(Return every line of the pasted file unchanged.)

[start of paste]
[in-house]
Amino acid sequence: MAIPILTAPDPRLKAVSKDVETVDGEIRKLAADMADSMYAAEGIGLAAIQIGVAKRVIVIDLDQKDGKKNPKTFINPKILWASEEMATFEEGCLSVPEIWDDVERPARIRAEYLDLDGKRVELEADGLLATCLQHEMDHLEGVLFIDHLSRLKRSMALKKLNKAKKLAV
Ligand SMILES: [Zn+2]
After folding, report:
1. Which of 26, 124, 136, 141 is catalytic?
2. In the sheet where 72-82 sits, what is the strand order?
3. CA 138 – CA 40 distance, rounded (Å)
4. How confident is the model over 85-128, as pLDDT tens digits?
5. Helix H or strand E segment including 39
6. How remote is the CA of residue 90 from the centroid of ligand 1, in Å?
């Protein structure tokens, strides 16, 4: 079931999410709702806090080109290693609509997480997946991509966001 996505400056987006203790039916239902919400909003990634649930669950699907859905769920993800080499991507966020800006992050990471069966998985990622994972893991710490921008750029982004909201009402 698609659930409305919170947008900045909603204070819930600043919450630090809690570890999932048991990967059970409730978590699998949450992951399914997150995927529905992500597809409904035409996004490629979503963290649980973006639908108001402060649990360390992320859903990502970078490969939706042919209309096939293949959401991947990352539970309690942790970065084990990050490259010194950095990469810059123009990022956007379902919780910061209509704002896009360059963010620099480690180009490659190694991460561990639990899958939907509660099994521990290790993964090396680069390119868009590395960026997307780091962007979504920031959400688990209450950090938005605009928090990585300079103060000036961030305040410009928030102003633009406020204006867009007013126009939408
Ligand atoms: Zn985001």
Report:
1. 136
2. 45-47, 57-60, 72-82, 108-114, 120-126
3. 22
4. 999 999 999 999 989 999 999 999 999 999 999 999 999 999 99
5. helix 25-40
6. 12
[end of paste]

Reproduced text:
[in-house]
Amino acid sequence: MAIPILTAPDPRLKAVSKDVETVDGEIRKLAADMADSMYAAEGIGLAAIQIGVAKRVIVIDLDQKDGKKNPKTFINPKILWASEEMATFEEGCLSVPEIWDDVERPARIRAEYLDLDGKRVELEADGLLATCLQHEMDHLEGVLFIDHLSRLKRSMALKKLNKAKKLAV
Ligand SMILES: [Zn+2]
After folding, report:
1. Which of 26, 124, 136, 141 is catalytic?
2. In the sheet where 72-82 sits, what is the strand order?
3. CA 138 – CA 40 distance, rounded (Å)
4. How confident is the model over 85-128, as pLDDT tens digits?
5. Helix H or strand E segment including 39
6. How remote is the CA of residue 90 from the centroid of ligand 1, in Å?
């Protein structure tokens, strides 16, 4: 079931999410709702806090080109290693609509997480997946991509966001 996505400056987006203790039916239902919400909003990634649930669950699907859905769920993800080499991507966020800006992050990471069966998985990622994972893991710490921008750029982004909201009402 698609659930409305919170947008900045909603204070819930600043919450630090809690570890999932048991990967059970409730978590699998949450992951399914997150995927529905992500597809409904035409996004490629979503963290649980973006639908108001402060649990360390992320859903990502970078490969939706042919209309096939293949959401991947990352539970309690942790970065084990990050490259010194950095990469810059123009990022956007379902919780910061209509704002896009360059963010620099480690180009490659190694991460561990639990899958939907509660099994521990290790993964090396680069390119868009590395960026997307780091962007979504920031959400688990209450950090938005605009928090990585300079103060000036961030305040410009928030102003633009406020204006867009007013126009939408
Ligand atoms: Zn985001």
Report:
1. 136
2. 45-47, 57-60, 72-82, 108-114, 120-126
3. 22
4. 999 999 999 999 989 999 999 999 999 999 999 999 999 999 99
5. helix 25-40
6. 12